Pleonasms or Tautological Redundancies

(avoid redundancies or excessive repetitiousness by not using unnecessary repetitions and superfluous words or more word usages than is needed, desired, or required)

The use of pleonasms results in a superfluity of words, sometimes deliberately, for emphasis; or the unnecessary repetitions resulting from a lack of the realization that such terms are redundant.

A tautological statement, sentence, etc. repeats its meaning in an unnecessary or excessive way by using different words to say the same thing.

* The pleonasms followed by an asterisk (*) came from an essay, "The Affluent Rich"; by Nat Boynton in his book, Media Rare. My special thanks to Mr. Jerry Gordon for contributing a copy of the essay so I could go through it and pick out the "UR's" (Unnecessary Redundancies) or pleonasms.

Please contribute any pleonasms you may come across from any of the media and let's make this list even more significant as it expands. You may send your suggestion, or suggestions, to e-mail contact or use this e-mail address: [email protected]

safe sanctuary *
Sahara desert
Sahara is Arabic for "desert".
SAT test
Scholastic Aptitude Test test
SCSI Interface
Small Computer Systems Interface Interface. A specification for a high-speed computer interface used to connect peripheral devices to a computer.
see with one's own eyes
seedling plant (s) (noun), seeding plants (pl)
A young vegetative organism that starts with germination and then into a sprout: A seedling plant is one that has emerged from its protective seed coat and has developed into a tiny plant at the end of a given period, generally at the end of the first growing season.
serious danger
shape and form
sharp point
shrimp scampi
1. Scampi is shrimp cooked in a very garlicky sauce with lemon.
2. Etymology: from the mid-20th century. From Italian, plural of scampo, a kind of lobster which came from Greek kampē, "bending"; based on the shape of the shrimp.
sin taxes
sink down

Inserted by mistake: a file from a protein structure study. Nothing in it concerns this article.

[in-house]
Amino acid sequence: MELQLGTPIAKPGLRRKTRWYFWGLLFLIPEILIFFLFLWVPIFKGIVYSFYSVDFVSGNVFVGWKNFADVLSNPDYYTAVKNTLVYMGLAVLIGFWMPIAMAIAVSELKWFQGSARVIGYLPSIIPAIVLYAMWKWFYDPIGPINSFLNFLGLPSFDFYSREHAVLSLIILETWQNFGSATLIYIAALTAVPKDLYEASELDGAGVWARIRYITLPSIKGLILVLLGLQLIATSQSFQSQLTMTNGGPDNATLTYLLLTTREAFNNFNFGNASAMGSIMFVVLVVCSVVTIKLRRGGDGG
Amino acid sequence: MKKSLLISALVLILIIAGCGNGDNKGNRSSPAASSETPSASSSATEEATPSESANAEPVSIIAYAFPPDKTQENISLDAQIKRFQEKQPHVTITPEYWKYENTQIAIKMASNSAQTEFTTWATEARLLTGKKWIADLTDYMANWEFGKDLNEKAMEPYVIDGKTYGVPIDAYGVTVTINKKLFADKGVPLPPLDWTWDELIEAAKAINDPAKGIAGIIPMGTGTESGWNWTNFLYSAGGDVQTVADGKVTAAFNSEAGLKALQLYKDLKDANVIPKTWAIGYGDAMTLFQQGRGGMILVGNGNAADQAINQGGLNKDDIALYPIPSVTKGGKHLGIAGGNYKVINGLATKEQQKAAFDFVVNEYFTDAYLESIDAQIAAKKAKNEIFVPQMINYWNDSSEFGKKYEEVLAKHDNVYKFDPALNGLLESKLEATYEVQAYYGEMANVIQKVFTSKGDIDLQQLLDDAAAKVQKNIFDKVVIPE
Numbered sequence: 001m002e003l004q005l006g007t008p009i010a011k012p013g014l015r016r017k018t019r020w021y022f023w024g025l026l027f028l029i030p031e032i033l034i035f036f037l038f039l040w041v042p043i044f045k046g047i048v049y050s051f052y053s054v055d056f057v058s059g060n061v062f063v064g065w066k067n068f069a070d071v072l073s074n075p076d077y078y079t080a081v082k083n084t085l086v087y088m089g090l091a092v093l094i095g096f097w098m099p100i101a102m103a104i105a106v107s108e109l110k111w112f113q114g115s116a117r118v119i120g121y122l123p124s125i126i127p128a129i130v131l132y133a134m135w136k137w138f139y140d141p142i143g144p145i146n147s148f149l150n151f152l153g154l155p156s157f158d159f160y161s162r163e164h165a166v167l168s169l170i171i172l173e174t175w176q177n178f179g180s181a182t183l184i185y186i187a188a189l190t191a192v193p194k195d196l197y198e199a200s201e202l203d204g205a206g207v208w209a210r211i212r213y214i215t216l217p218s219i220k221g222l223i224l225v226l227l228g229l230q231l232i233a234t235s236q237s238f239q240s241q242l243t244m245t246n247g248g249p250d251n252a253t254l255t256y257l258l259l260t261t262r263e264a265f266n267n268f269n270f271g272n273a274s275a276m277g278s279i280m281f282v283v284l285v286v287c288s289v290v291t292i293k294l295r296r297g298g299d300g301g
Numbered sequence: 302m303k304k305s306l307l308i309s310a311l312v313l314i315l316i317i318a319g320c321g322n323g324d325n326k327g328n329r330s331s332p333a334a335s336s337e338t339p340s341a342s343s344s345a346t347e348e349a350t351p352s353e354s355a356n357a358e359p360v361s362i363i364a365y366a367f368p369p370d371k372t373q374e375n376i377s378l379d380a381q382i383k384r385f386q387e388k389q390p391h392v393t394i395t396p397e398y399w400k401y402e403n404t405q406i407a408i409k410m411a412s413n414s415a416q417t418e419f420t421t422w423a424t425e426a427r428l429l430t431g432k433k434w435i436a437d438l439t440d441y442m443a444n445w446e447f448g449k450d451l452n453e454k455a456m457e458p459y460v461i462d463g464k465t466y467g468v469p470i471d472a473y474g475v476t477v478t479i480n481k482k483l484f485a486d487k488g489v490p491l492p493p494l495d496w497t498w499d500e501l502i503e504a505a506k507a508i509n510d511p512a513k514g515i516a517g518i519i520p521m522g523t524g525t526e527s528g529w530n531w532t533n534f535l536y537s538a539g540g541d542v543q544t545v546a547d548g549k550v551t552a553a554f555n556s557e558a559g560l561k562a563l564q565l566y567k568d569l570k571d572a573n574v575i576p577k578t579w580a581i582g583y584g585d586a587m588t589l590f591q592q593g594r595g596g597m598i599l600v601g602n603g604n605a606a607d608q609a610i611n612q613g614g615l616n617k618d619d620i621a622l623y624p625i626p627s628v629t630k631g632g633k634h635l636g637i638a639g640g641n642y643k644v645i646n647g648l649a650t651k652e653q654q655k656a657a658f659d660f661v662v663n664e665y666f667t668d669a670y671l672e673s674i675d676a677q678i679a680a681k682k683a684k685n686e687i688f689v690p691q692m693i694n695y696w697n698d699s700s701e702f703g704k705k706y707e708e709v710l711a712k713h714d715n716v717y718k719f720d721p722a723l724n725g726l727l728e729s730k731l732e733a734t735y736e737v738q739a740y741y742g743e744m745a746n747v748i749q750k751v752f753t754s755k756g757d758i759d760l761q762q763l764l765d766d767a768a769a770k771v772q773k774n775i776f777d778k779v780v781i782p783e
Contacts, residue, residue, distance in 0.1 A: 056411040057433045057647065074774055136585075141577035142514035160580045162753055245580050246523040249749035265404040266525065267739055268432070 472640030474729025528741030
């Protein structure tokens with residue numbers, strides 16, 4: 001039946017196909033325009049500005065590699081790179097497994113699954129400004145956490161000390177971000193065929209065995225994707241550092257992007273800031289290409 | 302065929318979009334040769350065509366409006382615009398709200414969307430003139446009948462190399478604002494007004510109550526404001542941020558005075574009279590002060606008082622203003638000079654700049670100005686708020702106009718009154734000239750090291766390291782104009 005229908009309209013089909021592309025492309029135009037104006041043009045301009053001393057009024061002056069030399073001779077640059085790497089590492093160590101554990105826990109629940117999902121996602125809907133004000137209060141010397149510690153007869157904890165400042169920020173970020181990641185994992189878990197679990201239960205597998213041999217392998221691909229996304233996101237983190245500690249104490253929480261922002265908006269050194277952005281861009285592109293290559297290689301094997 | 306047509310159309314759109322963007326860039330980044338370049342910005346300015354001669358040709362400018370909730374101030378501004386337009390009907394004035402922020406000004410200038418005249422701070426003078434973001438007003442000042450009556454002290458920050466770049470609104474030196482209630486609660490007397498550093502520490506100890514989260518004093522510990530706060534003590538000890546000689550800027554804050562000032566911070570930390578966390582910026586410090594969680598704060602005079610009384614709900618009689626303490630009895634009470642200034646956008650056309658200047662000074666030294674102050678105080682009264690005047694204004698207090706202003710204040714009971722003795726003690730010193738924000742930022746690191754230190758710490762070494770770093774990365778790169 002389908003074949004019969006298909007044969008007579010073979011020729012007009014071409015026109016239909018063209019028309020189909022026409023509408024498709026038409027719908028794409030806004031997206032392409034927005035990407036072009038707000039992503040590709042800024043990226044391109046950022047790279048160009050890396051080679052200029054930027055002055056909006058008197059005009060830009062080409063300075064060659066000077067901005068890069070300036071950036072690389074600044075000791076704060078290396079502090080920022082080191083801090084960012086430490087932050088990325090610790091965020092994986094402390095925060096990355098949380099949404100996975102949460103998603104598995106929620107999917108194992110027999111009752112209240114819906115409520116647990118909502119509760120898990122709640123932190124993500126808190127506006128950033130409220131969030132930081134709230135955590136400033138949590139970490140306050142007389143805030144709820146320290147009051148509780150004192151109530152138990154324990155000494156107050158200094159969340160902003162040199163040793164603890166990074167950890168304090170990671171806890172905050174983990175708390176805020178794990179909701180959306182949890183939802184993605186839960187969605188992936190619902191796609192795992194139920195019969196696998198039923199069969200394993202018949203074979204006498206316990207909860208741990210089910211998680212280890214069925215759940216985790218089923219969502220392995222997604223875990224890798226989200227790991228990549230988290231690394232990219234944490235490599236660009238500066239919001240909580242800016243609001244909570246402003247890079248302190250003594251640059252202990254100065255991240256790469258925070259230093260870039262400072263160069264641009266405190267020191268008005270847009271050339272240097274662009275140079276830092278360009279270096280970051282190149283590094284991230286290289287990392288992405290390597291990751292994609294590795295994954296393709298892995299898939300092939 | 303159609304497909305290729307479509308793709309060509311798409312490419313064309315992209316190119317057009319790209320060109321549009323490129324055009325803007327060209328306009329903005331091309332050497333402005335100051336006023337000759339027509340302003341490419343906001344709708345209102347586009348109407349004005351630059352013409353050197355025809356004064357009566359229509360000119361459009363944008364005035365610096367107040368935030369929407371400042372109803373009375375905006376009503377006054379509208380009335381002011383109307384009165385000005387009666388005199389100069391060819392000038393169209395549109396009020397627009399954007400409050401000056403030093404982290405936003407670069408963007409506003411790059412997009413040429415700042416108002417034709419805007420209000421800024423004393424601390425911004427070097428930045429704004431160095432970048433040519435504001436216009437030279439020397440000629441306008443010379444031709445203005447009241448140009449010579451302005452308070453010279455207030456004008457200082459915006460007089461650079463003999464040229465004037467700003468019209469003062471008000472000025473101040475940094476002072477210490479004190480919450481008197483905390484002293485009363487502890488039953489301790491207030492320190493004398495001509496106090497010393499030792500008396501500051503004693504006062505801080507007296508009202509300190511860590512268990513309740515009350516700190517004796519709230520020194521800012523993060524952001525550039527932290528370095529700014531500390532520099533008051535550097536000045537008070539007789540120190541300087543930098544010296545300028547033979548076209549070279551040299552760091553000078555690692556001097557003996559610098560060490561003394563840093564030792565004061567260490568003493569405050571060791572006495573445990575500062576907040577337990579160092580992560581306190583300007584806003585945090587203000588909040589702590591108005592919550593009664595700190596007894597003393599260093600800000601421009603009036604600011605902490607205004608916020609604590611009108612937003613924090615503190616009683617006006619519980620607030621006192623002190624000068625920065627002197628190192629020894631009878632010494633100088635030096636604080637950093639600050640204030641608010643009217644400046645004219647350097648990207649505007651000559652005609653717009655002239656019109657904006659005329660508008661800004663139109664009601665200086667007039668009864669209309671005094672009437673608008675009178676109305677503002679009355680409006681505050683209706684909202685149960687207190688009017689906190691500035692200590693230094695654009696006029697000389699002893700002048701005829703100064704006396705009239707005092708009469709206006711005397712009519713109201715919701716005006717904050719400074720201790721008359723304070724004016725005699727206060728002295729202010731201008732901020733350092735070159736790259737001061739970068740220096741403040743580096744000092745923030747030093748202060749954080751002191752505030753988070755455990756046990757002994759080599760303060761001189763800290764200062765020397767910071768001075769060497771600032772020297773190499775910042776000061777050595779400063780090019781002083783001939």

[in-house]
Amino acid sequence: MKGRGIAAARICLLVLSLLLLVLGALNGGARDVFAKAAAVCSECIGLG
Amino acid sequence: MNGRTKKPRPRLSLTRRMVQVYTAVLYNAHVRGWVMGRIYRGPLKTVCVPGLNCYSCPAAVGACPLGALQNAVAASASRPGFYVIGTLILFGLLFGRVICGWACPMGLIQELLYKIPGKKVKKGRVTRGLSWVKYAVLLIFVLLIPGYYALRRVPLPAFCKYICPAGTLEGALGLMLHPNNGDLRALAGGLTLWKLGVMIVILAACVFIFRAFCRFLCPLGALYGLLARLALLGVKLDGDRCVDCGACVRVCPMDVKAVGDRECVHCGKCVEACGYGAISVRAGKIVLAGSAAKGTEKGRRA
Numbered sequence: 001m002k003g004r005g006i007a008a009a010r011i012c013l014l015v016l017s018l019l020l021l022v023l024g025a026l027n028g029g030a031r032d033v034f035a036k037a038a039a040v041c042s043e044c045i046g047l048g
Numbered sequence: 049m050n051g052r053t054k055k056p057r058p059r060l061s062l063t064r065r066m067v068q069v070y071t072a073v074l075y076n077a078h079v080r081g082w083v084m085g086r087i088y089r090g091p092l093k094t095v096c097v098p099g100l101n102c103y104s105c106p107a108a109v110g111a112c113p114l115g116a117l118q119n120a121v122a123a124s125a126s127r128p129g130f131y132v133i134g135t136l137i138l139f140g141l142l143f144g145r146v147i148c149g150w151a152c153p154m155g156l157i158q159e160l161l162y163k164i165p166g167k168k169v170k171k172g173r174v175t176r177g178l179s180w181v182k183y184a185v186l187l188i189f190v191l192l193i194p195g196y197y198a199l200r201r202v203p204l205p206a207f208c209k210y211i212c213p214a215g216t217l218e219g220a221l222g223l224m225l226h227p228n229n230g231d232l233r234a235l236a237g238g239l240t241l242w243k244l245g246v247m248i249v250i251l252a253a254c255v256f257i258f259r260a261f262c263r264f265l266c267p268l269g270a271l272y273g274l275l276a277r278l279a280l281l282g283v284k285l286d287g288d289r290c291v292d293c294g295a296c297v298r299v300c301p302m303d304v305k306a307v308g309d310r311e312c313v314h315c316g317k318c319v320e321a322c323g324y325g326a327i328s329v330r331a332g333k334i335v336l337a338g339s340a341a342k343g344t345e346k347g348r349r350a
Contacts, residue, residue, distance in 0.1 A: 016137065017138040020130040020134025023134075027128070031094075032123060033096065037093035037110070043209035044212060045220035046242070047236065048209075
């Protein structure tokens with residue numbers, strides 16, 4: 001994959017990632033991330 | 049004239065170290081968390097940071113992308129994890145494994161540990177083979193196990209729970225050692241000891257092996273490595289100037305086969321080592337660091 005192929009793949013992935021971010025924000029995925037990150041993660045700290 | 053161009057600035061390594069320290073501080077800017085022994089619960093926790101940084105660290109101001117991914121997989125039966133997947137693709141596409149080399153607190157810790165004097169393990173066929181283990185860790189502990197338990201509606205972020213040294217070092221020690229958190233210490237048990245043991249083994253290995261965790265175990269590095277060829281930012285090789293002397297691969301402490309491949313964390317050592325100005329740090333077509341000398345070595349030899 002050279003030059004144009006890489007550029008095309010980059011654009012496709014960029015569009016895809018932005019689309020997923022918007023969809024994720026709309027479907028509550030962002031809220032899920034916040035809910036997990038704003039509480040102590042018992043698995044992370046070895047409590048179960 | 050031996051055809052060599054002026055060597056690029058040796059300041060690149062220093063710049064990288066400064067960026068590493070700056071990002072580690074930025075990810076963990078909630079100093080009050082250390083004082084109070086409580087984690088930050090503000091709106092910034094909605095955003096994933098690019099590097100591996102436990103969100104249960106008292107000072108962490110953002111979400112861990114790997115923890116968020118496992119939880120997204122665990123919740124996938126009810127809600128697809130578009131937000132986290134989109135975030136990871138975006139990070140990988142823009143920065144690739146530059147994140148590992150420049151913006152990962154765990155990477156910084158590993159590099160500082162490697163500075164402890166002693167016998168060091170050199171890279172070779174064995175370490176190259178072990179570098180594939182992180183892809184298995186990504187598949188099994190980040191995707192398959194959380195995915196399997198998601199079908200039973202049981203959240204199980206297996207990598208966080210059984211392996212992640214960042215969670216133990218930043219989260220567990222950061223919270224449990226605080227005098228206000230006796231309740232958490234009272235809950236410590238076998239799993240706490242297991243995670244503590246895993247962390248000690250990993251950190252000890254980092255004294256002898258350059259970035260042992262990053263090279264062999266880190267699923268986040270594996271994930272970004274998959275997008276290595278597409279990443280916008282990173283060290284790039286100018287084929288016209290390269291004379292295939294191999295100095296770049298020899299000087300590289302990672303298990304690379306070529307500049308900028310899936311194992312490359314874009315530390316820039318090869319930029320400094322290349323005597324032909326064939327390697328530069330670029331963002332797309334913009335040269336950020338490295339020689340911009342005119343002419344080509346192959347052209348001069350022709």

situation is calm and quiet
small speck
Some Pleonasms Listed
  • It's deja vu all over again. -Attributed to Yogi Berra

    The term, deja vu, means "a feeling of having experienced something before although in fact it is the first time that it has been experienced".

  • "Smoking can kill you, and if you've been killed, you've lost a very important part of your life." -Attributed to actress, Brooke Shields
  • Lead-lined coffins called a health risk.
  • Census says rich have most of the money. (news item)
  • Cliches are a dime a dozen. . . avoid them like the plague.
  • Cure suggestibility with hypnosis.
  • I've told you a million times, "Don't exaggerate!"
  • Is that a mirage or am I seeing things?
  • It's bad luck to be superstitious.
  • I used to be an agnostic, but now I'm not so sure.
  • Sometimes you can observe a lot just by watching. -Attributed to Yogi Berra
  • Half the lies our opponents tell about us are not true.
  • Football is an incredible game. Sometimes it's so incredible, it's unbelievable. -Tom Landry
  • When large numbers of men are unable to find work, unemployment results. -Calvin Coolidge
  • Anyone who goes to a psychiatrist ought to have his head examined. -Samuel Goldwyn
  • I never make predictions, especially about the future. -Attributed to Samuel Goldwyn
  • "In the city today, the temperature rose to 105 degrees. This sudden rise of temperature was responsible for the intolerable heat."
  • "Trapped, like a trap in a trap." -Dorothy Parker
  • I used to be indecisive, now I'm not sure.
  • He lived his life to the end.
  • Some people are superficial but that's just on the surface.
  • The world is apathetic but I don't care.
  • Always avoid alliteration.
  • Treachery will often bring loyalty into question.
  • Perspective is in the eye of the beholder.
  • "If we do not succeed, we run the risk of failure." -Attributed to former Vice-President Dan Quayle
  • Seen somewhere in the U.S.: "Fish and chips with French fries."

Also see the unit of pleio-, plio- words meaning, "more, most; excessive; multiple".